A guru is supposed to be a fully enlightened being. By definition, a fully enlightened being would never act out in any way – including and perhaps most especially sexually. The simplistic approach would be to say that anyone who acts out sexually is not a true barkley guruguru. I would agree as far as that goes, but what this approach leaves unanswered is whether we should just head on down to the next guru or whether the whole idea of guru is somehow part of the problem.

It seems you can’t scratch the surface of many so-called gurus without finding problematic behaviors. Whether they have quietly amassed fortunes, built large networks of volunteers who work for them without pay, have a secret stash of luxury automobiles, abuse their students physically or sexually, throw lavish parties that celebrate hedonism more than spirituality, or some other unacceptable behavior, many if not most highly regarded teachers who have migrated to the west have fallen from grace. What is the problem?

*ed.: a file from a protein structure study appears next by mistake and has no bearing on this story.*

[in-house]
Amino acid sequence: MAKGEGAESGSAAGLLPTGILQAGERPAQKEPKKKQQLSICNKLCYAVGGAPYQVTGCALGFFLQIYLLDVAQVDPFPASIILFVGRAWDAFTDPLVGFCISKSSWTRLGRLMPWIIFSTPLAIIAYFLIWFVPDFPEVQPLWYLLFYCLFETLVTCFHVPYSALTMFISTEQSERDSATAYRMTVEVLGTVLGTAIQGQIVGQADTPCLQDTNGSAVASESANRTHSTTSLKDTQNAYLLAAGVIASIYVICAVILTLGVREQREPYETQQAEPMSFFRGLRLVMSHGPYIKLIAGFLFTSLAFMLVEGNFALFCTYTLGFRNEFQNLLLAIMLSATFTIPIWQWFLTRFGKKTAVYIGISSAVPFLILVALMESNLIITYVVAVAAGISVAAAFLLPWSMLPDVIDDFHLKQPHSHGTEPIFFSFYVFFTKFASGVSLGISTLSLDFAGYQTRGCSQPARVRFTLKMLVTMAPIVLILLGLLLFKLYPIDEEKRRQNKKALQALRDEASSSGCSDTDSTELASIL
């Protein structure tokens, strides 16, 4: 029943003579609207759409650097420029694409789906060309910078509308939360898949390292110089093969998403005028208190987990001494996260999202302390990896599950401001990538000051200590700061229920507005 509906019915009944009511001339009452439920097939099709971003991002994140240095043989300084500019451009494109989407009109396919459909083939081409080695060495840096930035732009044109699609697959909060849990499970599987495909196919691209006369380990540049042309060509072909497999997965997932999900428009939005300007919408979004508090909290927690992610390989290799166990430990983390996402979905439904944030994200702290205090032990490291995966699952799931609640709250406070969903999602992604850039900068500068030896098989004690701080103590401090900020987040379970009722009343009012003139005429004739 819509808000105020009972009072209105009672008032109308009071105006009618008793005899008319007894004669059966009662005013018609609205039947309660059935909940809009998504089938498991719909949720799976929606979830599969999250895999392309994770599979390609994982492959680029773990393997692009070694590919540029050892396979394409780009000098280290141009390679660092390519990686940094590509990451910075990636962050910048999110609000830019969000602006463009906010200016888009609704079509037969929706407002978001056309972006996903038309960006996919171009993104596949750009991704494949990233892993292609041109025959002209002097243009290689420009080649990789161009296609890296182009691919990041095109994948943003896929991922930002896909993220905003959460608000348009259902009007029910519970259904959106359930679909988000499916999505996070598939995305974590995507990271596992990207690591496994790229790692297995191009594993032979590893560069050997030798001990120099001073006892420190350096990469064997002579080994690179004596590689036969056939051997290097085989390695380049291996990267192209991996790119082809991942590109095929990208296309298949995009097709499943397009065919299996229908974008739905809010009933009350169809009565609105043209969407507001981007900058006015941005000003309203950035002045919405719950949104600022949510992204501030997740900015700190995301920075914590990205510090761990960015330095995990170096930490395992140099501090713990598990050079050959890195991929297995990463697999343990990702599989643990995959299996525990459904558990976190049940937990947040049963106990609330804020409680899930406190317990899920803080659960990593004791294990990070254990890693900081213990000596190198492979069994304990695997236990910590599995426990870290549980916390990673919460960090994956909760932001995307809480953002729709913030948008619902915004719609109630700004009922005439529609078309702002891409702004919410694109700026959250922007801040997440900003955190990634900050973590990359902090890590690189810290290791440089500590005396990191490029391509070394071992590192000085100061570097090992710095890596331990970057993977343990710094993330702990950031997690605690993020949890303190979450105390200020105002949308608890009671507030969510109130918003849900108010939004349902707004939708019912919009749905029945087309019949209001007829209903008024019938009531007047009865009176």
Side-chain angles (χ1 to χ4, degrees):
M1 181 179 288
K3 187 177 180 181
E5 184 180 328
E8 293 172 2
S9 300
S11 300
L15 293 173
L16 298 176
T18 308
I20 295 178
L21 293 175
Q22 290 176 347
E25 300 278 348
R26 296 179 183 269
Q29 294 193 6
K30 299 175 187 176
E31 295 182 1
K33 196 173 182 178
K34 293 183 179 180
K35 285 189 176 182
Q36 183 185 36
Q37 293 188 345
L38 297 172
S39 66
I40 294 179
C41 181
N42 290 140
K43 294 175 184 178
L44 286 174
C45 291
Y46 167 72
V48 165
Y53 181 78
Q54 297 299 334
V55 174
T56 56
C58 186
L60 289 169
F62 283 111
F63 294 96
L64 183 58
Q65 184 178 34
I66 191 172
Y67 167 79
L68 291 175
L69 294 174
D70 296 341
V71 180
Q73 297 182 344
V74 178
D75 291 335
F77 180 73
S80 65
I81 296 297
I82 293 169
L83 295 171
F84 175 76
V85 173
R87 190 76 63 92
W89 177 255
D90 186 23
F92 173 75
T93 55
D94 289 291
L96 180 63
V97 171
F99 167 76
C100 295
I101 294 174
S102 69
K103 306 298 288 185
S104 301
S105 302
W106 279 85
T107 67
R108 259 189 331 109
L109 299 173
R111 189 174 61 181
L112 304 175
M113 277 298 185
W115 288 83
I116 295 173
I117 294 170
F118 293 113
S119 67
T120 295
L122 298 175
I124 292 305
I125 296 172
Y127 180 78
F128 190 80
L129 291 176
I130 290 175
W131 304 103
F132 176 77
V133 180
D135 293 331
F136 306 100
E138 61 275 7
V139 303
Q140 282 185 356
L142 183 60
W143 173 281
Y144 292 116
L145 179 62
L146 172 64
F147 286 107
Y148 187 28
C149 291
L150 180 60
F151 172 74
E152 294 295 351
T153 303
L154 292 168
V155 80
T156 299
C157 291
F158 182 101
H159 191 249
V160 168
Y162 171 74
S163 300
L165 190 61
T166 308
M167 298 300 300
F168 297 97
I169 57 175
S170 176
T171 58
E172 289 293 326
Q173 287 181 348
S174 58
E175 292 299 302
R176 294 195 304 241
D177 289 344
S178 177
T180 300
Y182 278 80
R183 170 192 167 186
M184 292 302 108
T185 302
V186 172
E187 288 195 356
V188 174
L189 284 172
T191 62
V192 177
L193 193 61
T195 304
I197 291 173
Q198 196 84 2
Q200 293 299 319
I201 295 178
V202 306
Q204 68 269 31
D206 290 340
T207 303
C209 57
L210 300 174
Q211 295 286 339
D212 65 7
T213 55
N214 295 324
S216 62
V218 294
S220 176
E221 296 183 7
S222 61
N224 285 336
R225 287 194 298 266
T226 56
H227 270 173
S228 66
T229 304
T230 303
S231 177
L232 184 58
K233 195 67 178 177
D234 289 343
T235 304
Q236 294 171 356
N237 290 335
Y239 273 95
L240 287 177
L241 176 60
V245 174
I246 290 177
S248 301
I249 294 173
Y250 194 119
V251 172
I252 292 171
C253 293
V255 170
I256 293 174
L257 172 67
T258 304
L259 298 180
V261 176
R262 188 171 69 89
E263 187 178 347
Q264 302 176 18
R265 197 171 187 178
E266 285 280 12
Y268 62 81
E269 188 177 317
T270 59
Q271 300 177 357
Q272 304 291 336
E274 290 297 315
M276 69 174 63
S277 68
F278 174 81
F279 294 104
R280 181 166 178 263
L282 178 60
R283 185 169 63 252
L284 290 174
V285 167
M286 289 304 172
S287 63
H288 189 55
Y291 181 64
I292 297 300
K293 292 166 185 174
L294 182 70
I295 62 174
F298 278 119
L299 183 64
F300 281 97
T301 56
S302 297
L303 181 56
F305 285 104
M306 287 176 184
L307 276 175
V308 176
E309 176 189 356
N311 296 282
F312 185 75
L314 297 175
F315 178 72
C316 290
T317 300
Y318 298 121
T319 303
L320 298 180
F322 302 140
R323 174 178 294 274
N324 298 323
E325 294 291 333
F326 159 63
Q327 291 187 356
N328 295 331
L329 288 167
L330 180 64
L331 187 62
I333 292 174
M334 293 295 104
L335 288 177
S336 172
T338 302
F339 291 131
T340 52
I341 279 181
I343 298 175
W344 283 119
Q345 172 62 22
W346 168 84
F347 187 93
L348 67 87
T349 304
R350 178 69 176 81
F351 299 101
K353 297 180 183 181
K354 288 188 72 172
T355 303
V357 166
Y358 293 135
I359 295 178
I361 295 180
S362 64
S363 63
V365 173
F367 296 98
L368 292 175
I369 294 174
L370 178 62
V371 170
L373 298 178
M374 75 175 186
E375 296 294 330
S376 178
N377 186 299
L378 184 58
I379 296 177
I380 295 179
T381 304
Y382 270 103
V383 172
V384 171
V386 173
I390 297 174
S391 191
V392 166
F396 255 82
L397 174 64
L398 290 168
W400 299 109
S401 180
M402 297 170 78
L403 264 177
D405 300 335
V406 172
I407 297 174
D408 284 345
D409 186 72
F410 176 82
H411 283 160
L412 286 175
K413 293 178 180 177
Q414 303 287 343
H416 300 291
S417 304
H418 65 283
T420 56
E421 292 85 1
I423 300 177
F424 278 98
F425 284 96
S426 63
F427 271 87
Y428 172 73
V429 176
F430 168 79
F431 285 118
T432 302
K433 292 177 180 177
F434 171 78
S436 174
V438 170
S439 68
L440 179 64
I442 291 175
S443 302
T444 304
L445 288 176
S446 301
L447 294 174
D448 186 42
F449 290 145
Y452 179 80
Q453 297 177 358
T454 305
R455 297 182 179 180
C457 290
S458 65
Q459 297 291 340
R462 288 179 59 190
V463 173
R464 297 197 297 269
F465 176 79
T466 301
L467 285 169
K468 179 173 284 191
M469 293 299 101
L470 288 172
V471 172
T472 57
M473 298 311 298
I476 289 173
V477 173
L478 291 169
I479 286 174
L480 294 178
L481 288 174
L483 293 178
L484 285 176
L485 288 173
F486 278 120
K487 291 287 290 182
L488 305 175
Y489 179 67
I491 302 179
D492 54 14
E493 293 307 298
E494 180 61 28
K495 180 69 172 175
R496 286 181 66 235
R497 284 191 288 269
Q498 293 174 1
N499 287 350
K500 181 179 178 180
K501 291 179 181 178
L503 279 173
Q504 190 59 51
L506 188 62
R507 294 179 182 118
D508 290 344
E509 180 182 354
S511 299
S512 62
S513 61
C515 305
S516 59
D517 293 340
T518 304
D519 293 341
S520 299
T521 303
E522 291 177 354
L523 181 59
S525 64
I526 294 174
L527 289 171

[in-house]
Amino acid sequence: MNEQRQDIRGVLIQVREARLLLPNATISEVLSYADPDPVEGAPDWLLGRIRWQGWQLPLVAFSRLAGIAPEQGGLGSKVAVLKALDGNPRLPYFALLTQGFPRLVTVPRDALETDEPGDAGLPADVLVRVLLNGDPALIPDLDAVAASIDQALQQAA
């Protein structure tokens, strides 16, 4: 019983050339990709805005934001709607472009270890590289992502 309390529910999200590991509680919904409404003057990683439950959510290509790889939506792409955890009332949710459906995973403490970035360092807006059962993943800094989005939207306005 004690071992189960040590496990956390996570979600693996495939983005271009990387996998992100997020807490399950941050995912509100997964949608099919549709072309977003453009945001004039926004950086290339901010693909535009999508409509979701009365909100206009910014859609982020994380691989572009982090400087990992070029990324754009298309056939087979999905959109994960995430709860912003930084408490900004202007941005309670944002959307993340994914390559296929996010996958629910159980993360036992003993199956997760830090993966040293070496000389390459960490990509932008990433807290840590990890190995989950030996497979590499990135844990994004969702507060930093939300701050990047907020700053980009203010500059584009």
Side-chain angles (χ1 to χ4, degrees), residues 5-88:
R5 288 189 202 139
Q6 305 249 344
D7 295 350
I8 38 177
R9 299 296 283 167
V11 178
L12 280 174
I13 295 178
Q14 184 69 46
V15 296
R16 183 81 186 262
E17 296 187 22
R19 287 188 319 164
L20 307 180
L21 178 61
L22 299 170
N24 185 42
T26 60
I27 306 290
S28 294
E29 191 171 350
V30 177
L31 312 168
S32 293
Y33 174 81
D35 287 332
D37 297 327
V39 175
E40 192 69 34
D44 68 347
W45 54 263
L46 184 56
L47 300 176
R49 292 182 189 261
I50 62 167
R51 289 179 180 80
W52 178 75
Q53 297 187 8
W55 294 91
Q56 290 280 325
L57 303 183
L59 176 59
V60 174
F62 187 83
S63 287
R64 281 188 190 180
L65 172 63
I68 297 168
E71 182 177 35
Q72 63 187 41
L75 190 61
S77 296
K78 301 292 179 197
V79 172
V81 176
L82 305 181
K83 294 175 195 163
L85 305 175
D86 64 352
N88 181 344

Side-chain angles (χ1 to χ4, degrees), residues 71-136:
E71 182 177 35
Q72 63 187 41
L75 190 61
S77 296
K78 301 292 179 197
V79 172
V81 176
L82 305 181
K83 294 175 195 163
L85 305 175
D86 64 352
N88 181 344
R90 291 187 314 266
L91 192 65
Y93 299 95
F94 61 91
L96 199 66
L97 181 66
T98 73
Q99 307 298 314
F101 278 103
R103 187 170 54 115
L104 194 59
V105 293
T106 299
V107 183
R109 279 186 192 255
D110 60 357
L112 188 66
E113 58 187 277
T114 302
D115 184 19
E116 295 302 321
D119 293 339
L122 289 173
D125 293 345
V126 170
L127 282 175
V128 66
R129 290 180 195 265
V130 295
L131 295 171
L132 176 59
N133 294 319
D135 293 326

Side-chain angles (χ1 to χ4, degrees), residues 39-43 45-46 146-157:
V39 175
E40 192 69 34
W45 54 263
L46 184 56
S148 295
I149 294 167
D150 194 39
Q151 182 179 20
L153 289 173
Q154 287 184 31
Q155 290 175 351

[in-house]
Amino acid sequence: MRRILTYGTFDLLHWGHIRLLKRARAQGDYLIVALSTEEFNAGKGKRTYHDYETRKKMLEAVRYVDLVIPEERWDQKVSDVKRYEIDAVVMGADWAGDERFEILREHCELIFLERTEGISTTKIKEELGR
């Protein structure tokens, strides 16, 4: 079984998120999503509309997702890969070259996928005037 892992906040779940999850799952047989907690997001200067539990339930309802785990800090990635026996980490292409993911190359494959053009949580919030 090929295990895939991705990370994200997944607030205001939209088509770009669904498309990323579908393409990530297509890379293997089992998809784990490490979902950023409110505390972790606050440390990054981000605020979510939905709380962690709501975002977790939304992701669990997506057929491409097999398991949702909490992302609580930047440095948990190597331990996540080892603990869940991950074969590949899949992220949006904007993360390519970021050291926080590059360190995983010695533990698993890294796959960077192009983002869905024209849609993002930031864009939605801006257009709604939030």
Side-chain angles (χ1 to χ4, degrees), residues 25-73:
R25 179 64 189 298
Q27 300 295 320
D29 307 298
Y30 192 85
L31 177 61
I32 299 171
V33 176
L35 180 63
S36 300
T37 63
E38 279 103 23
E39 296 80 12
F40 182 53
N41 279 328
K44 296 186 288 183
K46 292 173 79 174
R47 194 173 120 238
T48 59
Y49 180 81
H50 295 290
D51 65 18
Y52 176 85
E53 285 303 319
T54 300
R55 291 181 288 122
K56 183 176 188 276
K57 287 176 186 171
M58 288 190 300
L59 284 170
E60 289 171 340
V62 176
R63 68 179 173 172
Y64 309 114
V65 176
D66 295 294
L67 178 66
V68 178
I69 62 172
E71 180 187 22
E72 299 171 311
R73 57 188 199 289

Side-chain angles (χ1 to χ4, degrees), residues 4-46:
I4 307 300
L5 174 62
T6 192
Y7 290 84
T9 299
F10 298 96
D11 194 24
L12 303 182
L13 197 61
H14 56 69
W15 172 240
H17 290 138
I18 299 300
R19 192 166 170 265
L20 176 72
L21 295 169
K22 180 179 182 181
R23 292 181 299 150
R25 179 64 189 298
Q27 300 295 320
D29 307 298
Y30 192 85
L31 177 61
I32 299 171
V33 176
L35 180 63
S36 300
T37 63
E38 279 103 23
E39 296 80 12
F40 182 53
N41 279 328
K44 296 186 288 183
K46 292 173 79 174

The problem is that most gurus achieve recognition as gurus in a highly protected environment. Living as celibate monks in a monastery, they are able to make spiritual progress is what is a very sheltered environment. In these environments money, sexuality, fame, and western style social interactions simply aren’t an issue. What these systems generate aren’t fully enlightened beings but rather semi-enlightened man-children. In a sheltered, cloistered environment they are just fine but they fall to pieces when they step out of the monastery and into the world. Stated another way, when they have to cope with the same things everyday people like you and I cope with, it becomes apparent they aren’t so enlightened after all. Go figure. You can’t “educate” someone in a sheltered environment and believe that will equip them to function well outside that environment. It’s not just ill-advised, it’s stupid.